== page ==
July 09, 2017

#BookReview: The Incrementalists (Incrementalists, #1) by Steven Brust, Skyler White #Giveaway

 
"Secret societies, immortality, murder mysteries and Las Vegas all in one book? Shut up and take my money." —John Scalzi

The Incrementalists—a secret society of two hundred people with an unbroken lineage reaching back forty thousand years. They cheat death, share lives and memories, and communicate with one another across nations, races, and time. They have an epic history, an almost magical memory, and a very modest mission: to make the world better, just a little bit at a time. Their ongoing argument about how to do this is older than most of their individual memories. 

Phil, whose personality has stayed stable through more incarnations than anyone else’s, has loved Celeste—and argued with her—for most of the last four hundred years. But now Celeste, recently dead, embittered, and very unstable, has changed the rules—not incrementally, and not for the better. Now the heart of the group must gather in Las Vegas to save the Incrementalists, and maybe the world.

"Watch Steven Brust. He's good. He moves fast. He surprises you. Watching him untangle the diverse threads of intrigue, honor, character and mayhem from amid the gears of a world as intricately constructed as a Swiss watch is a rare pleasure." —Roger Zelazny


At the publisher's request, this title is being sold without Digital Rights Management software (DRM) applied.





Steven Brust was born in Minneapolis, Minnesota, and raised in a family of Hungarian labor organizers, Steven Brust worked as a musician and a computer programmer before coming to prominence as a writer in 1983 with Jhereg, the first of his novels about Vlad Taltos, a human professional assassin in a world dominated by long-lived, magically-empowered human-like "Dragaerans." Over the next several years, several more "Taltos" novels followed, interspersed with other work, including To Reign in Hell, a fantasy re-working of Milton's war in Heaven; The Sun, the Moon, and the Stars, a contemporary fantasy based on Hungarian folktales; and a science fiction novel, Cowboy Feng's Space Bar and Grille. The most recent "Taltos" novels are Dragon and Issola. In 1991, with The Phoenix Guards, Brust began another series, set a thousand years earlier than the Taltos books; its sequels are Five Hundred Years After and the three volumes of "The Viscount of Adrilankha": The Paths of the Dead, The Lord of Castle Black, and Sethra Lavode.While writing, Brust has continued to work as a musician, playing drums for the legendary band Cats Laughing and recording an album of his own work, A Rose for Iconoclastes. He lives in Las Vegas, Nevada where he pursues an ongoing interest in stochastics.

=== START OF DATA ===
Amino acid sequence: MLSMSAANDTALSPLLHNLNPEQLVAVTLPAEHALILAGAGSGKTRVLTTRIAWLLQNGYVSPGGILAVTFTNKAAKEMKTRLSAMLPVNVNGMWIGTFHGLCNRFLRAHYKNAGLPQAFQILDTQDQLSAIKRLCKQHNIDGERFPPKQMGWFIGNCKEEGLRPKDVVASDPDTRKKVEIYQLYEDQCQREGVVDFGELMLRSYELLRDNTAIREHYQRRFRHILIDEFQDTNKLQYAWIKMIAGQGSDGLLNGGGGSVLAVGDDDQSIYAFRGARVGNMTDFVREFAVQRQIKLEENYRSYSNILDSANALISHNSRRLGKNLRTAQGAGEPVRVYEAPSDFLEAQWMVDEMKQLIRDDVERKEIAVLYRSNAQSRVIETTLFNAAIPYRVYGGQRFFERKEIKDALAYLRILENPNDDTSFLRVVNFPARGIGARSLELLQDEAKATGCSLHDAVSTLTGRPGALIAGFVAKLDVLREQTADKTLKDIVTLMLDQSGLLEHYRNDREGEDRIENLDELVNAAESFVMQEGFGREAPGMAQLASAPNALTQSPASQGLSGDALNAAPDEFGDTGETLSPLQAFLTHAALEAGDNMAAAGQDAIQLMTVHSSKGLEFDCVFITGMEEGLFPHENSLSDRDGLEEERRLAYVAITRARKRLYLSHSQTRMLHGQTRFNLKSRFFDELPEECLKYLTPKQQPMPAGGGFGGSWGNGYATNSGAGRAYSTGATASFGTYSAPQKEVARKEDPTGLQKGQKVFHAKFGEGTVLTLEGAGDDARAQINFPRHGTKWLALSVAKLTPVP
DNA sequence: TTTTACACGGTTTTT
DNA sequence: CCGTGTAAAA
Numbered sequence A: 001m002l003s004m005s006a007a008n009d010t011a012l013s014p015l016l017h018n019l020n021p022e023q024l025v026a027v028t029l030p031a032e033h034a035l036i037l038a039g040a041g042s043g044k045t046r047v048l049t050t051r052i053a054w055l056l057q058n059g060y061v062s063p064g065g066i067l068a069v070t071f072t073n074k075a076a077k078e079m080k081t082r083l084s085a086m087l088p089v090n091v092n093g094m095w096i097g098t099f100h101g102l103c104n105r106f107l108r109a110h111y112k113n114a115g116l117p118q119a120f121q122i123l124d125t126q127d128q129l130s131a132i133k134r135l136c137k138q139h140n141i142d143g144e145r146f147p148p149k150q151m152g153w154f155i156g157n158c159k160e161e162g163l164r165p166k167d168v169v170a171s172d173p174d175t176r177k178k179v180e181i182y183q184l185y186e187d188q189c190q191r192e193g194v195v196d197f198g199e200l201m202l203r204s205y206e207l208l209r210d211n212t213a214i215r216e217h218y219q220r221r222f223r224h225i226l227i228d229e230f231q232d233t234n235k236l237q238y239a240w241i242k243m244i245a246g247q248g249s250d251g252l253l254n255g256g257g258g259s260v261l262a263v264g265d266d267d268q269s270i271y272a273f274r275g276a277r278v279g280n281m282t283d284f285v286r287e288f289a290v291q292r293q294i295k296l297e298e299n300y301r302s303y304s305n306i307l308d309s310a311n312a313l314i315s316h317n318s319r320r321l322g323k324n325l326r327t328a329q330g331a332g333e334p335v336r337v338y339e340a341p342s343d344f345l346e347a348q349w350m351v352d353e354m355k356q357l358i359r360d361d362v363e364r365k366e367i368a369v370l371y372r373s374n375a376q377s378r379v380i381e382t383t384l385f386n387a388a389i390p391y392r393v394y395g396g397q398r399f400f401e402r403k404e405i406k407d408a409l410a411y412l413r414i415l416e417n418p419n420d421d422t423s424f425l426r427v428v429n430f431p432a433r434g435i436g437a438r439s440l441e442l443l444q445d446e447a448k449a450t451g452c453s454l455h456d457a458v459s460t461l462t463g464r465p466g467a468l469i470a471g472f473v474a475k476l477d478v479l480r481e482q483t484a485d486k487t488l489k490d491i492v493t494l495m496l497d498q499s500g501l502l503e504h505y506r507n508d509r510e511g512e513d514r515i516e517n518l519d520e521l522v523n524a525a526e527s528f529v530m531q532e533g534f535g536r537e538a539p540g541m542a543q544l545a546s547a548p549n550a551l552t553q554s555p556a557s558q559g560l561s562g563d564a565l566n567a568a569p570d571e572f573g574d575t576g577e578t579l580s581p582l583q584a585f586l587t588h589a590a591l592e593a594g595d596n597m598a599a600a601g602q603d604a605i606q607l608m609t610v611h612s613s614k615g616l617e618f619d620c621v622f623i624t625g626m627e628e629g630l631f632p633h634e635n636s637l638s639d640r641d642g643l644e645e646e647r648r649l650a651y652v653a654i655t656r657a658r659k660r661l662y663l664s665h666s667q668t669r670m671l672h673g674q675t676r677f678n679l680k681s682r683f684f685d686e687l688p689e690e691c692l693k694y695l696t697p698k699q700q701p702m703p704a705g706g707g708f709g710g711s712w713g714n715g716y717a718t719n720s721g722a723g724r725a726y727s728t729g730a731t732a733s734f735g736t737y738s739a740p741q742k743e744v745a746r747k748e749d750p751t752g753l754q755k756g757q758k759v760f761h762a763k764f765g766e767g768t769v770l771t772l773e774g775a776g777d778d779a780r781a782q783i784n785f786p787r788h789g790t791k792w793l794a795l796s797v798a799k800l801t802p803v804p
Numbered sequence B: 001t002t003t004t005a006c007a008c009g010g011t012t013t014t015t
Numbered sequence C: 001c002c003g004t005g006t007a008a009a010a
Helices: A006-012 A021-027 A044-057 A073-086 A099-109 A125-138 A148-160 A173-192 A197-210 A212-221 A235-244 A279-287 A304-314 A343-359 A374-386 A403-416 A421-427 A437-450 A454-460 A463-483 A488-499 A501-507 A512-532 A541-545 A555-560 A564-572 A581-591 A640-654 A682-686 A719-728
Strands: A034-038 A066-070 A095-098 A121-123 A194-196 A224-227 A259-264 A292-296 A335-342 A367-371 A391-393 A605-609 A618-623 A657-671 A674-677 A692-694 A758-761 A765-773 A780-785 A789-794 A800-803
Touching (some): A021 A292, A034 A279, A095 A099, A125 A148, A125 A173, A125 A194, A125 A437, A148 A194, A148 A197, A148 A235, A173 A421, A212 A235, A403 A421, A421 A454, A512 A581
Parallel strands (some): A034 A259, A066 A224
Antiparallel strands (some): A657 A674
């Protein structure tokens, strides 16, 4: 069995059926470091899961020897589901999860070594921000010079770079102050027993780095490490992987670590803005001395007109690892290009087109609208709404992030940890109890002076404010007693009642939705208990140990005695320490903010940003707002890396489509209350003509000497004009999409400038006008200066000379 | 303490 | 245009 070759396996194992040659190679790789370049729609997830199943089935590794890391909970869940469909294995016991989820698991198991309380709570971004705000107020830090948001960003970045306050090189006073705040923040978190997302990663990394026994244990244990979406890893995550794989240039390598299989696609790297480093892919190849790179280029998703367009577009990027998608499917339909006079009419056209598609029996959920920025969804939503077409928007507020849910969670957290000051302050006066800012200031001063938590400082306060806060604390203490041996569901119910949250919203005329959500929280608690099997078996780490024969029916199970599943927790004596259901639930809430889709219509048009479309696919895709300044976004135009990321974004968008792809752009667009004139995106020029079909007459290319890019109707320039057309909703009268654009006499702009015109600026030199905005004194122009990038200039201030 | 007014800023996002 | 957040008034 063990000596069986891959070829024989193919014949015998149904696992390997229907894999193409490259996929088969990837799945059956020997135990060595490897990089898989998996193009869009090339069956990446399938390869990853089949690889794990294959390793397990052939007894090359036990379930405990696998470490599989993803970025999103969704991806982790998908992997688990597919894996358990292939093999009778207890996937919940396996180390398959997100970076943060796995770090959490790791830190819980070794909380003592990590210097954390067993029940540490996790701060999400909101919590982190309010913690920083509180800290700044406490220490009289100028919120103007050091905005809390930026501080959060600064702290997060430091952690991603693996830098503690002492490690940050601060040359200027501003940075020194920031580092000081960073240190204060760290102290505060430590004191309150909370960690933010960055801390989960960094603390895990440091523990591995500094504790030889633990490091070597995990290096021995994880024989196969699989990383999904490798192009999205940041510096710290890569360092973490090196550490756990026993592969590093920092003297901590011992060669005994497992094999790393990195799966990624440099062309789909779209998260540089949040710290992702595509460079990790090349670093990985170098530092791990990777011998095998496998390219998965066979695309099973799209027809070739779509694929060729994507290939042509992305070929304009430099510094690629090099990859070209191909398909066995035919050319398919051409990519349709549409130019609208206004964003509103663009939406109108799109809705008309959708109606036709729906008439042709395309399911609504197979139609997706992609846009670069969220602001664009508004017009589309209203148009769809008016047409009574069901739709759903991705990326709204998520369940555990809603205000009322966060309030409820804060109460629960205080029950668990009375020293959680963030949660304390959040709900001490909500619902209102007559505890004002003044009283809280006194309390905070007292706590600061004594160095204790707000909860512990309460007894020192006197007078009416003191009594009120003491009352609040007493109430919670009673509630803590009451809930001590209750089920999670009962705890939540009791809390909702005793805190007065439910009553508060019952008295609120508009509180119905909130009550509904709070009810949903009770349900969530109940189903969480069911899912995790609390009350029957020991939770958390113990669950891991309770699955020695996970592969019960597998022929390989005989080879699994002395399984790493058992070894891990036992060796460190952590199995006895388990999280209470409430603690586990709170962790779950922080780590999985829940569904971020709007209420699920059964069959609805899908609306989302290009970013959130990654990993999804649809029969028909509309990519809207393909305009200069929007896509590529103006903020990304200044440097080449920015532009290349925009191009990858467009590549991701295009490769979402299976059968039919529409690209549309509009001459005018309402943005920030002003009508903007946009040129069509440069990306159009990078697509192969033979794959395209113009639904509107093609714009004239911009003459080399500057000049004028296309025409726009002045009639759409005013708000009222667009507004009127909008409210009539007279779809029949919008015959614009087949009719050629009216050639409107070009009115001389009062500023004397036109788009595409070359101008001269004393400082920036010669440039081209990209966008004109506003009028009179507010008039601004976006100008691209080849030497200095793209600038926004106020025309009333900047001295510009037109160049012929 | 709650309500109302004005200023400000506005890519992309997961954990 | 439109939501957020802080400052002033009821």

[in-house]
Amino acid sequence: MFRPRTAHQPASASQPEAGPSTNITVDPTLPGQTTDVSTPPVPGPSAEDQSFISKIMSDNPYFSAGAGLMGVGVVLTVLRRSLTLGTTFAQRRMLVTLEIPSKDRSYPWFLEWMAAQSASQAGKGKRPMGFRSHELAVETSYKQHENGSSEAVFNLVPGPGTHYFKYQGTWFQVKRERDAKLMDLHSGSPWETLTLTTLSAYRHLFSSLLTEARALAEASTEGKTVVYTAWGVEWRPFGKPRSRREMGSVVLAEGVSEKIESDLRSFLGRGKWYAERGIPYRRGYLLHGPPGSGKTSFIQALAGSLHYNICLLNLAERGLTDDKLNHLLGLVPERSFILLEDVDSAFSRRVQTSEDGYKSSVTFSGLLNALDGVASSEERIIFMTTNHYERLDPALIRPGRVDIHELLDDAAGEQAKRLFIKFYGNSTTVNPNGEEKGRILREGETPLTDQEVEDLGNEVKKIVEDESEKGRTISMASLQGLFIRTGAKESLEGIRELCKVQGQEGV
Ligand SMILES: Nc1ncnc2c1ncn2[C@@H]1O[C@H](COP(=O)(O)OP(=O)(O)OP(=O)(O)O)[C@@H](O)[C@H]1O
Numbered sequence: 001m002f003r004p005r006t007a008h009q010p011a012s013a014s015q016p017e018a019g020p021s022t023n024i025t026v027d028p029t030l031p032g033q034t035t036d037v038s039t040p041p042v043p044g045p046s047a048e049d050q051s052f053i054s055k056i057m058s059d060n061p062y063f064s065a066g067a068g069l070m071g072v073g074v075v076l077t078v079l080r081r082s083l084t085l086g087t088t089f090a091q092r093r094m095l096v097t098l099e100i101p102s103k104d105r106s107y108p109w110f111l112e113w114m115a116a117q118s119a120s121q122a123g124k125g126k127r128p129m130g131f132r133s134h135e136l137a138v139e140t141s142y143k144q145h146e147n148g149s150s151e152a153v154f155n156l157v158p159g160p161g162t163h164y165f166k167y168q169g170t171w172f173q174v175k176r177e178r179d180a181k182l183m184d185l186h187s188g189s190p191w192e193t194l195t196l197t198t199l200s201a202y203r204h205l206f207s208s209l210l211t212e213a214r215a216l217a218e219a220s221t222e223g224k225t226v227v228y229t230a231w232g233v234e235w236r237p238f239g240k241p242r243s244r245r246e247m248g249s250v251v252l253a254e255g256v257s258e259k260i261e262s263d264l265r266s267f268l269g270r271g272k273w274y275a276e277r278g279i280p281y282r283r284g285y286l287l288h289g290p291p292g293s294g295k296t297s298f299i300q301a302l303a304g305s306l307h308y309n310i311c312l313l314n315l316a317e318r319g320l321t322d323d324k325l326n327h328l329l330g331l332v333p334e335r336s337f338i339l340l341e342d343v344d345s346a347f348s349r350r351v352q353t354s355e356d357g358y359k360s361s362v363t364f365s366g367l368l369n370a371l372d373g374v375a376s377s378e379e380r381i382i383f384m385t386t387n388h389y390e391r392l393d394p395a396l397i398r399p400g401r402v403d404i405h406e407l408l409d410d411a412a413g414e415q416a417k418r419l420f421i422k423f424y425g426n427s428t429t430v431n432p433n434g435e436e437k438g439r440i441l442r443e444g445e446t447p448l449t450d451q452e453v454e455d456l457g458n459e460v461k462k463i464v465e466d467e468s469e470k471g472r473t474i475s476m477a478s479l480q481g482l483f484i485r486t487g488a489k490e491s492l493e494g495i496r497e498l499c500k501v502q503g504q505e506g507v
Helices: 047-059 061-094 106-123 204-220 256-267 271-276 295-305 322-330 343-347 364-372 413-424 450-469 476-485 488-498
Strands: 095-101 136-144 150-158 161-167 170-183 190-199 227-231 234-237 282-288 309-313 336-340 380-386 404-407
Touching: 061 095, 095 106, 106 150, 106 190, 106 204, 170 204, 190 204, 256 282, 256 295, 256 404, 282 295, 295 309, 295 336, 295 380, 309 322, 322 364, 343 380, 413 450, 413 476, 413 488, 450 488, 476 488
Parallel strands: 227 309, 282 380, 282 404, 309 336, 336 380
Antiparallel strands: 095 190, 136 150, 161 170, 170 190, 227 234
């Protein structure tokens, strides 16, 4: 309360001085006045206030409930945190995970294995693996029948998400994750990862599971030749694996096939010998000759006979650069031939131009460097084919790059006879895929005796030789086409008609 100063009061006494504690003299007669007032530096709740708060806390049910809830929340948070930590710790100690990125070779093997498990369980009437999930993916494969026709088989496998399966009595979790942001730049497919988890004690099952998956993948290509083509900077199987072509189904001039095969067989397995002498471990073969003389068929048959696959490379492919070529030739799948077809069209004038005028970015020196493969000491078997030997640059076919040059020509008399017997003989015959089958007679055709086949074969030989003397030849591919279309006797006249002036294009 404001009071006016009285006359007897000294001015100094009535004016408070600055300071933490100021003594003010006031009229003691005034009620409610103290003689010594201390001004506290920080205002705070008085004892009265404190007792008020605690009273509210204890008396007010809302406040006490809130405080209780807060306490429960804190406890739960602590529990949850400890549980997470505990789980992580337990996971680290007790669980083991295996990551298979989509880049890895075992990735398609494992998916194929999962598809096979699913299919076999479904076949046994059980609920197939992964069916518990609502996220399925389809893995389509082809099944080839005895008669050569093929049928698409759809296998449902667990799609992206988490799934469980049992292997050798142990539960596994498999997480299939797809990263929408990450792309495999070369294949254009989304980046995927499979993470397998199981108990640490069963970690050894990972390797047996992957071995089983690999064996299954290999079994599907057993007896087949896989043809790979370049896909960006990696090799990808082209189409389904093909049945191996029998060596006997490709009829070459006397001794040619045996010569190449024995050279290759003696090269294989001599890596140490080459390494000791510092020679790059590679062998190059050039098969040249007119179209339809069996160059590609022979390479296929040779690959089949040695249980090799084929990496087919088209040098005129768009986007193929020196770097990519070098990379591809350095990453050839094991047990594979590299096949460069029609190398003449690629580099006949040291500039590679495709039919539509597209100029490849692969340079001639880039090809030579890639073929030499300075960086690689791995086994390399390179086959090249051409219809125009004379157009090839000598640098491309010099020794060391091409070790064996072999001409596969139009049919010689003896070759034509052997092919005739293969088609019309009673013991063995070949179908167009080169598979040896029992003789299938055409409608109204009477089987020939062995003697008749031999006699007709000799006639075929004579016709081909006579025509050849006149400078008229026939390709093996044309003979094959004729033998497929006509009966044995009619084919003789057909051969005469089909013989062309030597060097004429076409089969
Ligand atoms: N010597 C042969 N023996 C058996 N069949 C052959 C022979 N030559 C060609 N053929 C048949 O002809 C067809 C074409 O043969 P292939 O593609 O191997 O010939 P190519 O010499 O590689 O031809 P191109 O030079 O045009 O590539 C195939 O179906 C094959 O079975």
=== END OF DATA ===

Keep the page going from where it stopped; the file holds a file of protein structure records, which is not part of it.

Skyler White writes angels and scientists, demons and revolutionaries, secret societies and sacred sex to play in the places where myth and modernity tangle.

The child of two college professors, Skyler grew up in an environment of scholarship and academic rigor, so she naturally left high school to pursue a career in ballet. She's been dancing around research and thinking through sprains ever since. She has a master's degree in theater and work experience in advertising, has won awards as a stage director and appeared on reality TV. She is mother of two, married to a Mohawk-wearing inventor, and lives in Texas.



With everything that has been going on, I just now finally got around to these and I have to say that Steven Brust is by far still one of my favorite authors.  But for this book, it just didn't work out for me and I ended up DNFing it a little past 50%.  This book was extremely descriptive to the point that it kind of took over the story.  The POV switched multiple times during chapters as well that slowed the story down.  At around that 50% mark I just couldnt bring myself to read anymore.  I didnt feel invested in the characters or the story at all. 











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